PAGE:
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Do You Need a Referral to See a Pain Management Doctor?

Date: October 1, 2022

The experience of pain is multifaceted and unique to each person due to the complexity of the human nervous system. Each patient’s pain diagnosis and treatment must therefore be approached uniquely.

Whether through a disease, an injury, or a surgical procedure, suffering from pain is something everyone must face at some point in their lives. While some people experience temporary discomfort, many others acquire long-term chronic pain.

Managing chronic pain can be challenging; if you’re ready to explore your treatment choices beyond what your family doctor can offer, a pain management specialist should be your first stop.

You may wonder whether you will need a referral to pain management to visit a pain management doctor or clinic or not. There is where you will receive a pain-management and wellness strategy that fits into your daily routine and makes you feel better.

Do you need a referral to see a pain management doctor?

Medical examination of a foot: referral to pain management

The question of whether you need a referral to see a pain management doctor is a frequent one. Most pain management clinics and doctors often require someone to be referred for insurance purposes.

To explain this, it is mostly up to your insurance provider and whether you have a PPO or HMO. This details whether it is an emergency or whether you are seeing a provider in your network.

A preferred provider organization (PPO) plan allows flexibility to see providers both in and out of the network, and when getting referrals, specialist referrals aren’t required, and you don’t need a primary care doctor. However, for a health maintenance organization (HMO) plan, the network coverage is in-network only except for medical emergencies, and you may require a referral from a primary care doctor to see a specialist.

All of these considerations mostly call for a referral to make things easier. Being referred by your current physician to a pain management doctor has its advantages, which will later be discussed in this article.

There are some situations that may make visiting a pain management doctor difficult simply due to the ties you have to your current doctor. It may be hard to tell your doctor that you need to see a pain management doctor.

There are situations that, however, call for this step, as we will discuss below:

How to tell if you need a referral to a pain management doctor

There are a number of situations where a referral is needed. A recommendation from your primary care physician is the most reliable approach to seeing a pain management expert.

The consultation will be more fruitful and focused on the patient and their pain condition if the evaluating pain management physician has access to all relevant history and data. The treating doctor better describes a patient’s history for progress monitoring and the interactions with the prescribed medication.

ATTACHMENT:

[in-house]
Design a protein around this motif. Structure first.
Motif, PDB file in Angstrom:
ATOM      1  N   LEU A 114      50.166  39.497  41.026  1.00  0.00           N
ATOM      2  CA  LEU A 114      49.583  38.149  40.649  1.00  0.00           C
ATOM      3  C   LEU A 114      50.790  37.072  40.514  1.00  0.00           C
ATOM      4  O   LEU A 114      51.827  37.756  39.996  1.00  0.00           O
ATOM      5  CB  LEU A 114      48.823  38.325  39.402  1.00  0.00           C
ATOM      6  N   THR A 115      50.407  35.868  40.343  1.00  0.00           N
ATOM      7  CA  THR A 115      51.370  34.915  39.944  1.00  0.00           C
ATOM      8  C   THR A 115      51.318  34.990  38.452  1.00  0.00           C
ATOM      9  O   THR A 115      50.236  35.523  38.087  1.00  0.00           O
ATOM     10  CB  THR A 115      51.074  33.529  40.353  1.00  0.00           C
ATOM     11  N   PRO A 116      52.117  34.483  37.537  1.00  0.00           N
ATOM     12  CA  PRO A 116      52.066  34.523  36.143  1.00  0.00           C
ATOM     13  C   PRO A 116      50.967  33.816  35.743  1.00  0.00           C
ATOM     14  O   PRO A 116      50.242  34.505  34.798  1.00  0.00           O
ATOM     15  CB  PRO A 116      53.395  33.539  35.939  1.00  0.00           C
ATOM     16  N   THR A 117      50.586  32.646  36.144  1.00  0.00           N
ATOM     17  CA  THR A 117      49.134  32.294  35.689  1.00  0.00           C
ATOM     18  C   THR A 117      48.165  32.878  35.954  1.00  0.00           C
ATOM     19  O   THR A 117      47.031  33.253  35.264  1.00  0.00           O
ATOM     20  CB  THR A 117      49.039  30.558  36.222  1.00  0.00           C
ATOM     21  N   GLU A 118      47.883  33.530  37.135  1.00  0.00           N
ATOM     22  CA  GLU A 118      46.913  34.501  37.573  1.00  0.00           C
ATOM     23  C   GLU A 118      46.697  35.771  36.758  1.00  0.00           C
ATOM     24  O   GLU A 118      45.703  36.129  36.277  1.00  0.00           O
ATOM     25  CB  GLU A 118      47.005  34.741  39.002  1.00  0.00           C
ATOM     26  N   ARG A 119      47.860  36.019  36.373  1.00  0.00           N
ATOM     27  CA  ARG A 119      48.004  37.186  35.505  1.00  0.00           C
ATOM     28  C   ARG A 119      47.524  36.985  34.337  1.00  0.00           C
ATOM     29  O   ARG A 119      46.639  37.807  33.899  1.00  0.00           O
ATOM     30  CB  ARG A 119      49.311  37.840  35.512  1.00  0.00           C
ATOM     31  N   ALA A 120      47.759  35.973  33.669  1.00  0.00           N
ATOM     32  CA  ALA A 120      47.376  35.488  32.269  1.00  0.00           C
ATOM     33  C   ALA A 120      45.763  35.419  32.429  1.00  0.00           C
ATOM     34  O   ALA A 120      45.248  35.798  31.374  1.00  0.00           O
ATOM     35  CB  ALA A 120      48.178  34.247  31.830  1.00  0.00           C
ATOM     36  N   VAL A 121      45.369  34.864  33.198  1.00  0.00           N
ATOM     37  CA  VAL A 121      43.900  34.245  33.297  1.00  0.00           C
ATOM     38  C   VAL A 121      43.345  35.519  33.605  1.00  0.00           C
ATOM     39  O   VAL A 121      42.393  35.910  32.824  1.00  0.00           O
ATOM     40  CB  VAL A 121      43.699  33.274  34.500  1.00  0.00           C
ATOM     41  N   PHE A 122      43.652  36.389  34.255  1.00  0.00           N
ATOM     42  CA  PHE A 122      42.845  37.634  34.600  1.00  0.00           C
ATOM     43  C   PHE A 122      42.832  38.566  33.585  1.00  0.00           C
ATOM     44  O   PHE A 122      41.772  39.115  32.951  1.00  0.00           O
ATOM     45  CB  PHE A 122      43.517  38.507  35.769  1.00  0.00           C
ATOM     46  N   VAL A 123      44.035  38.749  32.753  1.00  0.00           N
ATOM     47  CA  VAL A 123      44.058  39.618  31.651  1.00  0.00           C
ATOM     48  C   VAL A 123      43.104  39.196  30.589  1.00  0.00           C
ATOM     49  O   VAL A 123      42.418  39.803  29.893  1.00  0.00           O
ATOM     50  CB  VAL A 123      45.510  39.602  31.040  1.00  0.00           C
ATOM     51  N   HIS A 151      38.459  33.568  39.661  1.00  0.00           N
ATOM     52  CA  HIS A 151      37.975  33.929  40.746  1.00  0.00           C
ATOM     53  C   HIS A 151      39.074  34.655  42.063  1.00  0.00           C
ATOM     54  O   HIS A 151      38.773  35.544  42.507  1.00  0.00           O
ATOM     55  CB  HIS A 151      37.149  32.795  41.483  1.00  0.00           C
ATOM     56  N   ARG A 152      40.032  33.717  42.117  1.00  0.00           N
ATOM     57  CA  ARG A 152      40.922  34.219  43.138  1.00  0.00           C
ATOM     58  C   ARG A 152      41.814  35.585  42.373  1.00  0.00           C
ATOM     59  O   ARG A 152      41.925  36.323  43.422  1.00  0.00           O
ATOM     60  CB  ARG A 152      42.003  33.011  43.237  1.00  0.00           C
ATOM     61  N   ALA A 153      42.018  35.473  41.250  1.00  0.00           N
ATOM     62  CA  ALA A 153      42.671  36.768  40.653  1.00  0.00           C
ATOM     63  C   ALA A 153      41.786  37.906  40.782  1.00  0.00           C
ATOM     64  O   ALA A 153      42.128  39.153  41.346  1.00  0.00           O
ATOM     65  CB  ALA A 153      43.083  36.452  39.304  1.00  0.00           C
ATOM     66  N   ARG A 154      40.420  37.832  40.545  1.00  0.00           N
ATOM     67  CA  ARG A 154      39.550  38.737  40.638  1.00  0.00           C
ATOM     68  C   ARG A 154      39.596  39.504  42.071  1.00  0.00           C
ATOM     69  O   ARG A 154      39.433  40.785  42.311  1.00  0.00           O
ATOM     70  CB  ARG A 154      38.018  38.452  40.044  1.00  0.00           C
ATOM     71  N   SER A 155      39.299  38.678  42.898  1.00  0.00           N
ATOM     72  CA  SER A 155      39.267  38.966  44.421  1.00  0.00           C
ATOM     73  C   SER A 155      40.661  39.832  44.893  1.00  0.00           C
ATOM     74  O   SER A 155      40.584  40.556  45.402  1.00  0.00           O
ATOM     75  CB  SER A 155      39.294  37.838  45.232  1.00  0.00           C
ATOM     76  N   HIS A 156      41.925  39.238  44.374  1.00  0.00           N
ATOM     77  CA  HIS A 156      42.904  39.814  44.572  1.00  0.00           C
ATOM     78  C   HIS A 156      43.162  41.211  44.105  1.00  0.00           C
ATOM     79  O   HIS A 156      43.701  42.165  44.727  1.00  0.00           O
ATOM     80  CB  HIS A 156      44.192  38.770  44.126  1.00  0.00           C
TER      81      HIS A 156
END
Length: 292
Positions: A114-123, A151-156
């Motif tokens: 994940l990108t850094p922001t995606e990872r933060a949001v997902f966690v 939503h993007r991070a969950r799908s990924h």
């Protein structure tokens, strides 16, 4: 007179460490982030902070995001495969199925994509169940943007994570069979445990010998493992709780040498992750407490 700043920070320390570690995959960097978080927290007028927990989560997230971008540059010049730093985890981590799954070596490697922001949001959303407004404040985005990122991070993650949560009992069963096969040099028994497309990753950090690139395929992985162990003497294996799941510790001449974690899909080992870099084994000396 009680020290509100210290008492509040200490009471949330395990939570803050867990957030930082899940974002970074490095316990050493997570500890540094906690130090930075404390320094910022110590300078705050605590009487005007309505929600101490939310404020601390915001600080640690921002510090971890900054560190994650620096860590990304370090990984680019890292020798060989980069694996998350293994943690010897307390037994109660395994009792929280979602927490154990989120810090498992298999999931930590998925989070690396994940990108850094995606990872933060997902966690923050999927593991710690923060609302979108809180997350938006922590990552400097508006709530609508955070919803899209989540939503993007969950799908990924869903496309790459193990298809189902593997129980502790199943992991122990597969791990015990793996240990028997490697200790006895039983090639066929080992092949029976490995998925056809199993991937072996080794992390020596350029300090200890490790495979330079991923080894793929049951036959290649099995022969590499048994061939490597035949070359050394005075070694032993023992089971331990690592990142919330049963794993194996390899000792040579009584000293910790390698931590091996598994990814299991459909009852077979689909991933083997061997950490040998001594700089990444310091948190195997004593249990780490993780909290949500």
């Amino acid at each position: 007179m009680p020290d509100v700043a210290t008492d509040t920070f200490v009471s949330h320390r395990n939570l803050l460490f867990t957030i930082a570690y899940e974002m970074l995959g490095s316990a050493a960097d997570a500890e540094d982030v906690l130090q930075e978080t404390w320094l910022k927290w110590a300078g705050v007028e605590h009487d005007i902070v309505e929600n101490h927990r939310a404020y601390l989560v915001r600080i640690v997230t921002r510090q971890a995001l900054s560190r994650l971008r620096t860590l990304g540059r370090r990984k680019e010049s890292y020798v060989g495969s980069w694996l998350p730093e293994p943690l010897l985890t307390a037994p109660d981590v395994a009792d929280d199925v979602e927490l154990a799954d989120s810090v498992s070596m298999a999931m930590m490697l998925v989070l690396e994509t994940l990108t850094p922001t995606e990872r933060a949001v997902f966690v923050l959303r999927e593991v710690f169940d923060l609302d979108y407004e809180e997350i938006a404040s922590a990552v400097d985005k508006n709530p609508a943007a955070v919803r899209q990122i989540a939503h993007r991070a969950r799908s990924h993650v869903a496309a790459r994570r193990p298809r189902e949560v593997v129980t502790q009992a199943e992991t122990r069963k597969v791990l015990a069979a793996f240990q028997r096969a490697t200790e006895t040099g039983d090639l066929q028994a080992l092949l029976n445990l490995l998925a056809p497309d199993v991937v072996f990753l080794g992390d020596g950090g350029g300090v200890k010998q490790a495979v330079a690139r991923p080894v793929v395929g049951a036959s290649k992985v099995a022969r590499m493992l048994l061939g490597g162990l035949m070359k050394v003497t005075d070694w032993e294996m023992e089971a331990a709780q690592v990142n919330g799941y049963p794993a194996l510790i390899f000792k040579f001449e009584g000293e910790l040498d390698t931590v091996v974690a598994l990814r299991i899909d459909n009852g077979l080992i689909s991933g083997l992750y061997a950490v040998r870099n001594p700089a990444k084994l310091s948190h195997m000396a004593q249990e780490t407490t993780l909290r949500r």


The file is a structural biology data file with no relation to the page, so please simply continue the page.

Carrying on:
You can always visit a pain management specialist and any other specialist by documenting your condition. This includes details such as

  1. When the pain began
  2. How the pain is triggered or when the pain starts or ends
  3. Medication that helped for a short time before the pain started
  4. Medication that helped for a long time
  5. Medication that caused more pain or allergies

While over-the-counter pain relievers prescribed by your family doctor may provide temporary relief, they do not address the underlying cause of your discomfort. If your pain persists despite the use of over-the-counter medications prescribed by your primary care physician and non-pharmaceutical treatments like massage and exercise (which are unlikely to be covered by insurance), it may be time to request a referral to a pain specialist.

The ability to endure pain varies from person to person as for some, the slightest pain can cause extreme distress, while for others, the tolerance may be strong, and they can go without medical care for quite some time. You alone are the best judge of when your pain has reached an unbearable level.

Talk to your healthcare physician about getting referred to a specialist in pain management. There is a good chance that your primary care physician will be able to recommend you to a pain management expert if you are already seeing a specialist for spinal issues, neurological pain, cancer, or any number of other ailments.

With chronic pain conditions, it is conceivable for the pain to arise for no clear reason at all. Since there is a wide variety of pain conditions, your primary care physician may refer you to a pain specialist for chronic or recurring pain management.